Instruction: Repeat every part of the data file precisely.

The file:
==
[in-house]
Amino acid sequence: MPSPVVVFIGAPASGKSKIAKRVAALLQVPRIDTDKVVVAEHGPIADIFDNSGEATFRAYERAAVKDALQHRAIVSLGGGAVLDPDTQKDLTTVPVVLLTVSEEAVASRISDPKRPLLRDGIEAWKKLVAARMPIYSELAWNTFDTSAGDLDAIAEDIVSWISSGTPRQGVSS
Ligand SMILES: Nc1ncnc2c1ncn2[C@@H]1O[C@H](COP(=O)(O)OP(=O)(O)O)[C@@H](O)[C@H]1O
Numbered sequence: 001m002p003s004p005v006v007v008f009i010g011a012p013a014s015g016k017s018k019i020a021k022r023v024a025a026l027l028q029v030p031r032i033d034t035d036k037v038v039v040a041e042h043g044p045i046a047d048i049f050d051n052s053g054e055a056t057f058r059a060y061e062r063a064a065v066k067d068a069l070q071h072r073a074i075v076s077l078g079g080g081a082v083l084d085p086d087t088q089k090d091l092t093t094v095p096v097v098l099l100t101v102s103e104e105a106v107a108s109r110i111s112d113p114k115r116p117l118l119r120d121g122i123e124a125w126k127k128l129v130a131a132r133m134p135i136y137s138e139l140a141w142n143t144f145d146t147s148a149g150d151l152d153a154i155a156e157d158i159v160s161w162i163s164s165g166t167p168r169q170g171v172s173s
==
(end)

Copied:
[in-house]
Amino acid sequence: MPSPVVVFIGAPASGKSKIAKRVAALLQVPRIDTDKVVVAEHGPIADIFDNSGEATFRAYERAAVKDALQHRAIVSLGGGAVLDPDTQKDLTTVPVVLLTVSEEAVASRISDPKRPLLRDGIEAWKKLVAARMPIYSELAWNTFDTSAGDLDAIAEDIVSWISSGTPRQGVSS
Ligand SMILES: Nc1ncnc2c1ncn2[C@@H]1O[C@H](COP(=O)(O)OP(=O)(O)O)[C@@H](O)[C@H]1O
Numbered sequence: 001m002p003s004p005v006v007v008f009i010g011a012p013a014s015g016k017s018k019i020a021k022r023v024a025a026l027l028q029v030p031r032i033d034t035d036k037v038v039v040a041e042h043g044p045i046a047d048i049f050d051n052s053g054e055a056t057f058r059a060y061e062r063a064a065v066k067d068a069l070q071h072r073a074i075v076s077l078g079g080g081a082v083l084d085p086d087t088q089k090d091l092t093t094v095p096v097v098l099l100t101v102s103e104e105a106v107a108s109r110i111s112d113p114k115r116p117l118l119r120d121g122i123e124a125w126k127k128l129v130a131a132r133m134p135i136y137s138e139l140a141w142n143t144f145d146t147s148a149g150d151l152d153a154i155a156e157d158i159v160s161w162i163s164s165g166t167p168r169q170g171v172s173s